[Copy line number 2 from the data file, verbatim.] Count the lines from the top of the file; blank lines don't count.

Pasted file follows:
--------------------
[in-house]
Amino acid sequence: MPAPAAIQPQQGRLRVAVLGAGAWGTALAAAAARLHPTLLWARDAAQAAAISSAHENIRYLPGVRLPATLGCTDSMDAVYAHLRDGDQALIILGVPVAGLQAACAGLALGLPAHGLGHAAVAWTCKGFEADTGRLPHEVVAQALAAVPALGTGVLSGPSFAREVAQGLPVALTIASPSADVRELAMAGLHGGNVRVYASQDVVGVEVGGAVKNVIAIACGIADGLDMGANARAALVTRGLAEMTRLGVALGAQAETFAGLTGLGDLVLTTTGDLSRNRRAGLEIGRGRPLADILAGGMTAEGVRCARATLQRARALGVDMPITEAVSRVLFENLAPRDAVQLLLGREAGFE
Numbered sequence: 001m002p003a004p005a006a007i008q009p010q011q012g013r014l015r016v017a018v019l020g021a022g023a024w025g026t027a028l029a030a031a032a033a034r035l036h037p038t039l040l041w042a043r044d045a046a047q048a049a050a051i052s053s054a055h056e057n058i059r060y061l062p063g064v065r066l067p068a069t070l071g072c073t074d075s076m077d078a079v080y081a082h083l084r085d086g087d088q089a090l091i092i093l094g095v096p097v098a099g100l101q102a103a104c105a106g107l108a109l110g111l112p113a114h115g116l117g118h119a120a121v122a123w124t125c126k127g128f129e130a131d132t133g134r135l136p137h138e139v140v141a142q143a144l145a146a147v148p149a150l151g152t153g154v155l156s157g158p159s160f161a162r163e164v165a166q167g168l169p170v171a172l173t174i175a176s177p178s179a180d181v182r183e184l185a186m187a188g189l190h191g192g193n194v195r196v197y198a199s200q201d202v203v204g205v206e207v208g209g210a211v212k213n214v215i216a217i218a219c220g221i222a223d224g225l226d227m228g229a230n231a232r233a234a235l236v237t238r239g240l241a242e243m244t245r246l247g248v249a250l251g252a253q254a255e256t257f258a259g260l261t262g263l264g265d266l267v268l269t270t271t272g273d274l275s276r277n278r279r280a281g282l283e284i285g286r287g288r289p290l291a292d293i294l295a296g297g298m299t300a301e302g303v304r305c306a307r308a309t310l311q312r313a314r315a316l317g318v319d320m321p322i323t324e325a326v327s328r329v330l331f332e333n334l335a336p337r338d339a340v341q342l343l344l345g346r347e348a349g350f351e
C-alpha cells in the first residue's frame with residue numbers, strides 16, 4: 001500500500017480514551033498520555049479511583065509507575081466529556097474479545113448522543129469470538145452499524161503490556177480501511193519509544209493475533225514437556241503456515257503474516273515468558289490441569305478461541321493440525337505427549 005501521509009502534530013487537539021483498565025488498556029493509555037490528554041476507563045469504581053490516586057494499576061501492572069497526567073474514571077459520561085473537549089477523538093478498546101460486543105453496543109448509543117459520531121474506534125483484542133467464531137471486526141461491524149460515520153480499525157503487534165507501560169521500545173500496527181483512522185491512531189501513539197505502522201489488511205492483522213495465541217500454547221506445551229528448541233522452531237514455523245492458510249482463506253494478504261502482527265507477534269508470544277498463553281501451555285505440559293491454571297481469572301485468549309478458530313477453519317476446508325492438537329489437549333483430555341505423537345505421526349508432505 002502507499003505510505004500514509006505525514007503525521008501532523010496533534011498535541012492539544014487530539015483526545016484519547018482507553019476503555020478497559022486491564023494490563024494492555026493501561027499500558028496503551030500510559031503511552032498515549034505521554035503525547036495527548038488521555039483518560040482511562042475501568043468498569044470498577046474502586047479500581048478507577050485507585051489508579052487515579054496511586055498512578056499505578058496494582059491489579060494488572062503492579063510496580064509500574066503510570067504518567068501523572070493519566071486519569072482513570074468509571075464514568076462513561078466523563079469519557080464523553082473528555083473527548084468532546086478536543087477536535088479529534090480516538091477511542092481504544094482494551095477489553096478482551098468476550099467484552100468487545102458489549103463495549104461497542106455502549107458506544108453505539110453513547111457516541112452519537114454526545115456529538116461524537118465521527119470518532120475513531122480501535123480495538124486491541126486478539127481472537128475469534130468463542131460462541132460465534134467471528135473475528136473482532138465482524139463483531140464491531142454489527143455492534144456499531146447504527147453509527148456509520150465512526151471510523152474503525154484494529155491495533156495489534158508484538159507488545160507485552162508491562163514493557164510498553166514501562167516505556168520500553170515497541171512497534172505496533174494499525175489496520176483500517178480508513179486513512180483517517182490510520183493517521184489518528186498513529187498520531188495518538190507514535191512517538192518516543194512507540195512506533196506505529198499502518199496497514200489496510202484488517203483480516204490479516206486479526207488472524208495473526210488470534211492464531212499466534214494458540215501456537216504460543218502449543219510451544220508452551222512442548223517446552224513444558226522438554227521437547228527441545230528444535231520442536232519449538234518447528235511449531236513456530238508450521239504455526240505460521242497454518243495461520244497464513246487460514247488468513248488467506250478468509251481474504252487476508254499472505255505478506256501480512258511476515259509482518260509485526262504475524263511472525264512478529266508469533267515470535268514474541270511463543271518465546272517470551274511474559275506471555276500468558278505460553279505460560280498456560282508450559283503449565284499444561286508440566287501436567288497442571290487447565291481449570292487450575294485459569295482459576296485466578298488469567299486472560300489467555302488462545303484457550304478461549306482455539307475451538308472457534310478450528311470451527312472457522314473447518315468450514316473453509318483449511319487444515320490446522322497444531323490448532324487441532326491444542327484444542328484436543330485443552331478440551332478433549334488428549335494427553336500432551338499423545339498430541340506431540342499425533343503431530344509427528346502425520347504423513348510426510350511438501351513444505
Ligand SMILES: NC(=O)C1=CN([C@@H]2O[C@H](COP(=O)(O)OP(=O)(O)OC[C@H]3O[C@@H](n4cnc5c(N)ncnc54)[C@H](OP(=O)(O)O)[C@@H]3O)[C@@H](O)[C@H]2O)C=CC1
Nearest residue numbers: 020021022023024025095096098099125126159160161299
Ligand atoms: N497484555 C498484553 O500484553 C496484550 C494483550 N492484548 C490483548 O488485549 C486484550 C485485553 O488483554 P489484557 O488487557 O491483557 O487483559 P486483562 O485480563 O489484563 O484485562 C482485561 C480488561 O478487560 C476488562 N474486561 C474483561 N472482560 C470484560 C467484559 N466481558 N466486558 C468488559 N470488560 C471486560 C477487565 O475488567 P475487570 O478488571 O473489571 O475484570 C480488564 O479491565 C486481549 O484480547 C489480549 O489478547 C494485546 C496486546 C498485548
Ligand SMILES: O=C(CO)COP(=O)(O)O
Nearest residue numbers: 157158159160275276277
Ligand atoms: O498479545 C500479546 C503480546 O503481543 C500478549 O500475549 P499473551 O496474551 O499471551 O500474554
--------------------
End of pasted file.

Amino acid sequence: MPAPAAIQPQQGRLRVAVLGAGAWGTALAAAAARLHPTLLWARDAAQAAAISSAHENIRYLPGVRLPATLGCTDSMDAVYAHLRDGDQALIILGVPVAGLQAACAGLALGLPAHGLGHAAVAWTCKGFEADTGRLPHEVVAQALAAVPALGTGVLSGPSFAREVAQGLPVALTIASPSADVRELAMAGLHGGNVRVYASQDVVGVEVGGAVKNVIAIACGIADGLDMGANARAALVTRGLAEMTRLGVALGAQAETFAGLTGLGDLVLTTTGDLSRNRRAGLEIGRGRPLADILAGGMTAEGVRCARATLQRARALGVDMPITEAVSRVLFENLAPRDAVQLLLGREAGFE